Heaping Praise on the First President, an Address to Congress, and Columbia University’s Commencement
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The first address of Congress to the new president. [GEORGE WASHINGTON].
Newspaper. Gazette of the United States, May 9, 1789. New York, N.Y. 4 pp.
The Gazette of the United States was the first partisan newspaper reporting on the federal government. Generally friendly to the Federalist Party, Washington had been in office just over a week when this issue was printed. An Autograph Letter Signed of Washington’s reply sold at Sotheby’s for $362,500 net in 2011.
The address of the House of Representatives to George Washington: “The representatives of the people of the United States, present their congratulations on the event by which your fellow-citizens have attested the pre-eminence of your merit. You have long held first place in their esteem....Your resolution in a moment critical to the liberties of your country, to renounce all personal emolument, was among the many presages of your patriotic services, with have been amply fulfilled, and your scrupulous adherence not to the law then imposed on yourself, cannot fail to demonstrate the purity, whilst it encreases [sic] the lustre of a character, which has so many titles to admiration.” (House of Representatives., p. 3, col. 1).
And Washington’s response: “Your very affectionate address, produces emotions, which I know not how to express; I feel that my past endeavors in the service of my country, are far overpaid by its goodness, and I fear that much that my future ones may not fulfil [sic] your kind anticipation. All that I can promise is, that they will be invariably directed by on honest, and an ardent zeal. For all beyond, I rely on the wisdom and patriotism of those with whom I am to co-operate, and a continuance of the blessings of Heaven on our beloved country.” (Washington, p. 3, col. 2).
The first president was retaining the practice, common in the colonial era, of providing a formal, written reply to addresses from legislatures. This practice was later abandoned in favor of no reply at all, but here, Washington employed James Madison to help draft his address. Despite Madison’s time constraints—he had recently been elected to Congress—Washington wanted him to finish the missive. “As you have begun, so I would wish you to finish, the good work in a short reply to the Addresses of the House of Representatives (which I now enclose)” Washington wrote to Madison on May 5, 1789. Moreover, Washington was ever mindful of the precedents his administration was setting: “As the first of every thing, in our situation which serve to establish a Precedent, it is devoutly wished on my part, that these precedents may be fixed on true principles,” in this case, established colonial legislative practice.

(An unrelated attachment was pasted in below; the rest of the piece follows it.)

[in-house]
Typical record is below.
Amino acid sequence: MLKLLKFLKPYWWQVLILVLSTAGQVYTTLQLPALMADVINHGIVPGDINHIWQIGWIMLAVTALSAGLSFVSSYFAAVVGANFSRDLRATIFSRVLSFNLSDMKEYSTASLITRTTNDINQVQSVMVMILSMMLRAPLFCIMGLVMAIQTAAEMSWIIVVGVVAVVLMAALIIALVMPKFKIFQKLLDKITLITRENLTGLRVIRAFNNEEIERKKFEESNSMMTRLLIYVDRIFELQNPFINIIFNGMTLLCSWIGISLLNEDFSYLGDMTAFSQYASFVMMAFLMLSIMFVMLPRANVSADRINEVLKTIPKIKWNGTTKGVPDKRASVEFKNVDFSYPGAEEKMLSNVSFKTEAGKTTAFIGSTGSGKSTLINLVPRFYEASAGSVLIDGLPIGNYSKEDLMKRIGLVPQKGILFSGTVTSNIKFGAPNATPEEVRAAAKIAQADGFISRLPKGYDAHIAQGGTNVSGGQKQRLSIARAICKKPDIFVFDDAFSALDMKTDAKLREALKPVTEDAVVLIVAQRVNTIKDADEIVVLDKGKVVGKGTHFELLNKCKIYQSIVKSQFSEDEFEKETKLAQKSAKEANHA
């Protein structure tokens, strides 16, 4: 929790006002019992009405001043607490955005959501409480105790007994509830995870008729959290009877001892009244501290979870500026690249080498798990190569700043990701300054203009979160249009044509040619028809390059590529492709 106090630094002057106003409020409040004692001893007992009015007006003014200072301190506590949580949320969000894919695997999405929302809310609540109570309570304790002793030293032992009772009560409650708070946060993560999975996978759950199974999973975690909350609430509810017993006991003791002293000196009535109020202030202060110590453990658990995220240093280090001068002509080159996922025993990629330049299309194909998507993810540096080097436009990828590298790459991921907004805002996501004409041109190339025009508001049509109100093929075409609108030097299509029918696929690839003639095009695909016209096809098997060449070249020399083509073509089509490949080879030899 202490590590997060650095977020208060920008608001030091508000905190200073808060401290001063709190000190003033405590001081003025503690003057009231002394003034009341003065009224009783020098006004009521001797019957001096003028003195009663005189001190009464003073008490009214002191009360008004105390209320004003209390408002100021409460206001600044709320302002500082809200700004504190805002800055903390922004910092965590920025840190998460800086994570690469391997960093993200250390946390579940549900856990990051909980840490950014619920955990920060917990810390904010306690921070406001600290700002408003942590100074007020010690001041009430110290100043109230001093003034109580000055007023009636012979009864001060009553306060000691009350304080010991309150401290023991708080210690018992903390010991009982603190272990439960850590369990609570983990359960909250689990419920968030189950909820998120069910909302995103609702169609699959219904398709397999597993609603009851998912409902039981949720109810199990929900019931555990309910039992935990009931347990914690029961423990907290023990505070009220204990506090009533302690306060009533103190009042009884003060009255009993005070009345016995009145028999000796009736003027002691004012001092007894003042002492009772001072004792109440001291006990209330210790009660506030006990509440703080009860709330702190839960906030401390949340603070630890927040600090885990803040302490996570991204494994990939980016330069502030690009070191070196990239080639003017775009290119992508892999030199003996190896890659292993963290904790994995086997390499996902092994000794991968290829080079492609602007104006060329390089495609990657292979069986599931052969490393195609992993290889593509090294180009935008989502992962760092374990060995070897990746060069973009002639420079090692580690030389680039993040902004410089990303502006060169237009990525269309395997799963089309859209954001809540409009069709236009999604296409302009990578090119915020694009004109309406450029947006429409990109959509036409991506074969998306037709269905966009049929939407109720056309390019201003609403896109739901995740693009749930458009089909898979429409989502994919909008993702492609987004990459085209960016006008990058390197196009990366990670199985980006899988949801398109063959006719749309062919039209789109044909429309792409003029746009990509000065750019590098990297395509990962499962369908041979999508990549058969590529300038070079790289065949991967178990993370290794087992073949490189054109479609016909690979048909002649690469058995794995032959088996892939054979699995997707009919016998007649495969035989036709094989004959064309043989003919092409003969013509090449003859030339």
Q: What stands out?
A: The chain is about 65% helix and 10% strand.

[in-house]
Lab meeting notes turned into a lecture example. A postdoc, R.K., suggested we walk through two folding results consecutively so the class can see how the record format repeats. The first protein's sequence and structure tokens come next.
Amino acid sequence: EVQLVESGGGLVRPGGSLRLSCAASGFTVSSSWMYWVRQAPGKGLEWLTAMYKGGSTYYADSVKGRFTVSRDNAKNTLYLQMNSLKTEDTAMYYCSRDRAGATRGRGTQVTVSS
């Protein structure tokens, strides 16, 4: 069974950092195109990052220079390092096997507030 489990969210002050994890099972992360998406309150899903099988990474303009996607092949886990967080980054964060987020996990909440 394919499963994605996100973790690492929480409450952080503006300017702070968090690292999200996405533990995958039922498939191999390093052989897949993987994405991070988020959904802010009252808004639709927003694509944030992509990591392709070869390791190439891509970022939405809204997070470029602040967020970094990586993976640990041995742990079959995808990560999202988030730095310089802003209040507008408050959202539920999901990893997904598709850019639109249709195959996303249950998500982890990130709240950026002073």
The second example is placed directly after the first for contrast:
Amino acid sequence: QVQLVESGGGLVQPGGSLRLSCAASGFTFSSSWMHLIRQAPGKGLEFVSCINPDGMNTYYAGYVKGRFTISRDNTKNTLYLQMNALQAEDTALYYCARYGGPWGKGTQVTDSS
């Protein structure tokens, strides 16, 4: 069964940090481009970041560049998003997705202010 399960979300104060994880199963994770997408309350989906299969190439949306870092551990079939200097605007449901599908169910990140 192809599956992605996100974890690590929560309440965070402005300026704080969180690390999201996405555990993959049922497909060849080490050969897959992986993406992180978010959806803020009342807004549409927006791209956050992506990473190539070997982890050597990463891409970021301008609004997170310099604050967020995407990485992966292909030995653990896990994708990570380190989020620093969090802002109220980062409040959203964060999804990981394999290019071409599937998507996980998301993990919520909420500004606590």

This issue also contains other Washington news:
A report of an address from the citizens of Baltimore to George Washington as he travelled to New York for his inauguration, with Washington’s reply. “We feel the honor you have this day conferred on the town of Baltimore, by favouring it with your presence, infinitely heightened and enhanced by the desirable event which has produced it. Happy to behold your elevation, permit us to re-assure you of our purest love and affection.” (Citizens, p. 1, col. 3). “The tokens of regard and affection which I have often received from the citizens of this town, were always acceptable, because I believe them always sincere.—Be pleased to receive my best acknowledgments for the renewal of them on the present occasion.” (Washington, p. 1, col. 3).
A piece entitled “The Importance of the Protestant Religion Politically Considered,” which asserts “To this Religion Britain is principally indebted for that happy reformation, and subsequent glorious revolution, which were the harbingers of her present distinguished greatness.” (p. 1, col. 2)
And a piece concerned with the state of the nation, “A Sketch of the Political State of America, Number V,” signed “Americanus.” “But once more alarmed by a sense of common danger, the citizens of America were led, in spite of a supposed competition of interests, seriously to reflect on those causes, which had reduced their country to such an unfortunate situation, and to seek a remedy for those evils, which were daily increasing upon her.” (p. 1, col. 1).
With a report on the 1789 Commencement of Columbia College, attended by Washington, Adams, and other federal officials (p. 3, col. 2).
And a Benjamin Franklin tribute. “Dr. Franklin has had the happiness of living to see science extended under his fostering hand, from one end of Pennsylvania to the other. What hath he not done in the cause of literature and freedom?” (p. 2, col. 3).